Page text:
When Darryn had been discovered to be living in Evanston, the king had sought Derek out, and Derek had felt honored. “They need a blacksmith,” the king had said.
“My king, of course I will go if you wish it,” Derek had said, and the king had nodded.
“I do wish it, Derek. I cannot go to the boy. He is too carefully guarded. The people with whom he has been placed will hardly give him up to a stranger. I need you to get close to them, get close to him if it takes that long. He is too young now. He won’t remember a time without you. You have to be there for him, Derek, and when the time comes, you will have to either bring me to him or send him to me.”
Derek had nodded. It was a weighty assignment but he had reveled in the idea that the king would trust him with it.
“Find him, Derek, and keep him for me.”
That had been some thirteen years ago now, and Derek had befriended both the adoptive parents and the boy, had laughed with them, eaten with them, played with the boy, protected them, had held the boy back from the inferno when he would have rushed in after his father. That night still gave Derek nightmares. It had been horrific. For all of them. He had heard the boy cry afterward. Derek and his family had sheltered Darryn and his mother while another house was built for them. He had held Darryn as he clung to Derek’s shirtfront, and he had tucked Darryn in and sat on the edge of the pallet while he had cried himself to sleep then had twisted himself in the blankets in the throes of nightmares.
He had sent word to the king then. He had told him what had happened. Derek’s wife Bridget had urged him to tell Darryn about the king, about the family awaiting him outside of Evanston then. Derek had bluntly refused, and he would not budge from his decision. The boy’s world had been shaken to its core, and news like that could have sent him spinning off of it, unable to find ground, unable to sense up anymore. He wouldn’t do that to him.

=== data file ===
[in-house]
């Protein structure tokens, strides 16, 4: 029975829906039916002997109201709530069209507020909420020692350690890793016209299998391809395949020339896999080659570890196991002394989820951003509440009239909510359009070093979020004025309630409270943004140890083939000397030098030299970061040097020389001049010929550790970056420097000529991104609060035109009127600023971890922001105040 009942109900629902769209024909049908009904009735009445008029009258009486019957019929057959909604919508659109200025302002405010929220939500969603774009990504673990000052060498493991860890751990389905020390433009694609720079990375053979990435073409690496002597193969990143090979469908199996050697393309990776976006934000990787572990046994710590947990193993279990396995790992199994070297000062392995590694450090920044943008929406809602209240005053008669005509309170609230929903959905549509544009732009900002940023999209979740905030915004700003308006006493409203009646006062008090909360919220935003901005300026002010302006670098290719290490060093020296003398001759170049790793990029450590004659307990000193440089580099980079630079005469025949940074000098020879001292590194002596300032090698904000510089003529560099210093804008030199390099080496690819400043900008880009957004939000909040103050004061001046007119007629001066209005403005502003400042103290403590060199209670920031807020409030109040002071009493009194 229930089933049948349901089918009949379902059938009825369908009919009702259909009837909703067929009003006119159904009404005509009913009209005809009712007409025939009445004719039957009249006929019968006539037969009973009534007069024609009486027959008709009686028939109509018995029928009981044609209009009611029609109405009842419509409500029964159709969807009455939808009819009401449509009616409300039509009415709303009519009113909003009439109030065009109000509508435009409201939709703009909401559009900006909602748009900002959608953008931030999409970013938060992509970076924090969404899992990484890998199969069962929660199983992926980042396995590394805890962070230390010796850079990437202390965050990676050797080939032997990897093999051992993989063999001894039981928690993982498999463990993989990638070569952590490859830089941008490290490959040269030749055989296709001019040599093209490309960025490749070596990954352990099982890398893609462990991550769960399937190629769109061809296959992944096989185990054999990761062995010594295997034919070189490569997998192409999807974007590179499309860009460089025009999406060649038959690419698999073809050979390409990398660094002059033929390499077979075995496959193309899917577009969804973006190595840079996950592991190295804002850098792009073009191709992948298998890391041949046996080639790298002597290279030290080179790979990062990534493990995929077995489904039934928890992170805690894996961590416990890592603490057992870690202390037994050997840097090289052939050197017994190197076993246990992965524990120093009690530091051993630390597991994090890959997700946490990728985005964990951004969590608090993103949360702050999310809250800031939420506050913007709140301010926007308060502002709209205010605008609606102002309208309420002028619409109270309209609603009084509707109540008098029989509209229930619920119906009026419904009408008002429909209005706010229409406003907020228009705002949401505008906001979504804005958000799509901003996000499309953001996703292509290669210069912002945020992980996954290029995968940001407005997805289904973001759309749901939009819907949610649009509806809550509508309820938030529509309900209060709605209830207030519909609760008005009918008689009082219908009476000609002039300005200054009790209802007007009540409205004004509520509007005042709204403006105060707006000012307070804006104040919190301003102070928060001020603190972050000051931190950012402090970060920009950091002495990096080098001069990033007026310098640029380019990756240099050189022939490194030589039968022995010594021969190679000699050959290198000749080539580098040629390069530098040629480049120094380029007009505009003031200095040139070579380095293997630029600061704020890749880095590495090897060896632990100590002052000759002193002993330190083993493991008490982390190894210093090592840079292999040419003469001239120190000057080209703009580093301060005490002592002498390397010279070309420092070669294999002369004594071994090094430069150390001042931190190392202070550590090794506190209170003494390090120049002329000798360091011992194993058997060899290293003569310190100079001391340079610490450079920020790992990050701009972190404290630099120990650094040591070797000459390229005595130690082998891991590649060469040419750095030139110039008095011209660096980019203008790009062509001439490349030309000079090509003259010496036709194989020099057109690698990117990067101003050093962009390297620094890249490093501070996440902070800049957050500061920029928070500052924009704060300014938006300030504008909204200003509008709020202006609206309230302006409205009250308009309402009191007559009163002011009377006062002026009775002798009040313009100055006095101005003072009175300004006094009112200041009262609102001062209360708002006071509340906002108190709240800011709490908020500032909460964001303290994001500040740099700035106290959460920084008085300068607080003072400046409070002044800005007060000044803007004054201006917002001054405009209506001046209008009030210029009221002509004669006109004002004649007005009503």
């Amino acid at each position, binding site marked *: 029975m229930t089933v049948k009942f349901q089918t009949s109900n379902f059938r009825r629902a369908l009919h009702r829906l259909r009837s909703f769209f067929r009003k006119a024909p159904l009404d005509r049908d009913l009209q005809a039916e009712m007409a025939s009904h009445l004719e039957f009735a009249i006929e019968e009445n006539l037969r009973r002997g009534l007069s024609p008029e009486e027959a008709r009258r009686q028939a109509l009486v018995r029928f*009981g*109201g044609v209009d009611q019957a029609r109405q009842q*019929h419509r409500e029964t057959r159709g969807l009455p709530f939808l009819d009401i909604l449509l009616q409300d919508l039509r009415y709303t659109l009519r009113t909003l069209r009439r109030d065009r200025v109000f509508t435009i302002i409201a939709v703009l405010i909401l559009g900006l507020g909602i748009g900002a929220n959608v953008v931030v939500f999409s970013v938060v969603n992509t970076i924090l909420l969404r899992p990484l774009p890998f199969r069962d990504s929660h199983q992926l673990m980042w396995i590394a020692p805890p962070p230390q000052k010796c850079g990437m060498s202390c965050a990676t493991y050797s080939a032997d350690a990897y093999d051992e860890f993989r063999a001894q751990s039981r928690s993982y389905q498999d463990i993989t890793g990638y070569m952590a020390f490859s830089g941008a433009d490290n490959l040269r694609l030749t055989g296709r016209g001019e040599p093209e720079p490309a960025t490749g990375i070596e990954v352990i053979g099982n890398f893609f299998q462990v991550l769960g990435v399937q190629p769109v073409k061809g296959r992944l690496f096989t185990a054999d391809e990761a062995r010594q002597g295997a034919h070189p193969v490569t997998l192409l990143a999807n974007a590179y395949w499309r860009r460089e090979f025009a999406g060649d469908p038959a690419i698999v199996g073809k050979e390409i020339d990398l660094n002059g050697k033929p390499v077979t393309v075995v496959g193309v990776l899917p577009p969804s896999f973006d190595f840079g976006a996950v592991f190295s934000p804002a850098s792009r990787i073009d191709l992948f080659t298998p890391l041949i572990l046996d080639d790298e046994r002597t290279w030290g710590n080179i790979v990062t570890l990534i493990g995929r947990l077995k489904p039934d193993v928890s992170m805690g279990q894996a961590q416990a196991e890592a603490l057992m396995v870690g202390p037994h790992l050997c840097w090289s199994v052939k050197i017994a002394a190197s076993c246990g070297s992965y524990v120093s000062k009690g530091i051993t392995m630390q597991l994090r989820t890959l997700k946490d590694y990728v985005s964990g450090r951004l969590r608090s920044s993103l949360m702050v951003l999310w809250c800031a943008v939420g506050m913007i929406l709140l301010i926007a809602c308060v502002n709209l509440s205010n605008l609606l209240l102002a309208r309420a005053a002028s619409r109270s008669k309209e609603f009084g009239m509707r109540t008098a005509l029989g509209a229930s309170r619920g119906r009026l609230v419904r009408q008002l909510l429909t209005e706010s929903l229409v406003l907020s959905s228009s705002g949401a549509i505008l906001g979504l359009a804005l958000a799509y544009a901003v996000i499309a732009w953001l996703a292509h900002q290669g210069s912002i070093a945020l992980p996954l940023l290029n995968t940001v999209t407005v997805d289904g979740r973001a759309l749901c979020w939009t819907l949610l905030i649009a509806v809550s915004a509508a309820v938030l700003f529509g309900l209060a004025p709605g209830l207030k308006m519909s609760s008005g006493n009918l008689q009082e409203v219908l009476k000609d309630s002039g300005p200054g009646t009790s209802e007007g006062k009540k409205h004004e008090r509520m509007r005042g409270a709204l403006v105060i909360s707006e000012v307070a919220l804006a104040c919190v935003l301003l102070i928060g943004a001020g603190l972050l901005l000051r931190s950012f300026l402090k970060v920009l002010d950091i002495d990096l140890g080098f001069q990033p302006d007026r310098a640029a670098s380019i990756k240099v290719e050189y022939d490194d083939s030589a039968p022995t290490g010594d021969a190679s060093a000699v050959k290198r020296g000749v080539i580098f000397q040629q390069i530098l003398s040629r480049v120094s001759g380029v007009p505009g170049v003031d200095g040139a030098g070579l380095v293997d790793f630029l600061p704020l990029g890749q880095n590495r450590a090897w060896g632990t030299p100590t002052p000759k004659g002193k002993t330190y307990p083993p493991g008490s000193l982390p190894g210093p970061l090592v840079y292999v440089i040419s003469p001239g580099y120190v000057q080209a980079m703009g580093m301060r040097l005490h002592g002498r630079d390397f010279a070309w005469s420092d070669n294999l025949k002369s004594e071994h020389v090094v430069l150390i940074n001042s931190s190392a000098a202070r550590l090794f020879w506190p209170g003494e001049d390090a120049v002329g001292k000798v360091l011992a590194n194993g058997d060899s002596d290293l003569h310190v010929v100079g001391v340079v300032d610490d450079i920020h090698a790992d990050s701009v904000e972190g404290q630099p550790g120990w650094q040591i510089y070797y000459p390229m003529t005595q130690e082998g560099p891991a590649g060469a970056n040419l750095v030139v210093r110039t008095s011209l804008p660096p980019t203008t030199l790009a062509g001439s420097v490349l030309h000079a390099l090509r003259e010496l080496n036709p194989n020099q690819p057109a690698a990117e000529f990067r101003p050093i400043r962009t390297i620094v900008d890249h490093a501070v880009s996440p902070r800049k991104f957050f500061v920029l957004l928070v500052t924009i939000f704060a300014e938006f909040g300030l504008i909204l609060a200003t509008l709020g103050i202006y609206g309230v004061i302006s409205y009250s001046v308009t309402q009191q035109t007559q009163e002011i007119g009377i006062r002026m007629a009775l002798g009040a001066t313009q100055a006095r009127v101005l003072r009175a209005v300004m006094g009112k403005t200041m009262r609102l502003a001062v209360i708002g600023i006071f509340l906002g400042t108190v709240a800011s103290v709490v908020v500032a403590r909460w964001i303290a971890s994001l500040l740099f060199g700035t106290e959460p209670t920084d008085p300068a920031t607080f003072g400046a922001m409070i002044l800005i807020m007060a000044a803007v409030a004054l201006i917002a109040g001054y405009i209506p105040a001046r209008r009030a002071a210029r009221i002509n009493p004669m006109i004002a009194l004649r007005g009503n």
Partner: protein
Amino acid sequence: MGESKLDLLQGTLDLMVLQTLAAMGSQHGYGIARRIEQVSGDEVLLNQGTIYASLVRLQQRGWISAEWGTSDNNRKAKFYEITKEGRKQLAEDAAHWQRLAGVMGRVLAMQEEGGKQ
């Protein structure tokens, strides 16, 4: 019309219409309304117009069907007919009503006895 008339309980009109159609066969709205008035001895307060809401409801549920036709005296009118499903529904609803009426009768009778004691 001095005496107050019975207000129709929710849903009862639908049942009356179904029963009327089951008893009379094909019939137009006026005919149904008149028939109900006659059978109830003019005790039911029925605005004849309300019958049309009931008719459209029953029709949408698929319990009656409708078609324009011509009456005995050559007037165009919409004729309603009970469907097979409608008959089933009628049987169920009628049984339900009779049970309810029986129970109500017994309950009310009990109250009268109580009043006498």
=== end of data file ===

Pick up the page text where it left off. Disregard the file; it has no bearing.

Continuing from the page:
He had told the king as much when he’d written him.
He’d been half surprised that he hadn’t been pulled from the assignment then. He was glad that he hadn’t been pulled off assignment then. He had become as fond of Evanston as Darryn had in the time that he’d been stationed there. And he’d grown fond of Darryn besides.
He had worried when Darryn had disappeared with Aidan, but he knew before anyone where he had gone.
Word of his escape from the king had reached Derek in Evanston before he had seen Darryn himself. Derek had greeted Darryn warmly. He had expressed the worry that he had felt during his and Aidan’s absence, had inquired after Aidan, whom Derek was then invited to visit with Darryn, who had been on his way to him already.
Both boys had escaped.
Both boys had remained mum when questioned about their adventures.
And for the first time Derek hesitated to send the king any word of his grandson. For the first time he wasn’t sure that he wanted to, balked against the obligation.
And he had come wearily into the house, having gone with Darryn to see Aidan.
Bridget had confronted him. She had heard that both boys were back, had been told by the miller. She had said that they should write to the king.
And he had lied.
He had told her that he would, then that he had, and he still wasn’t sure that he would.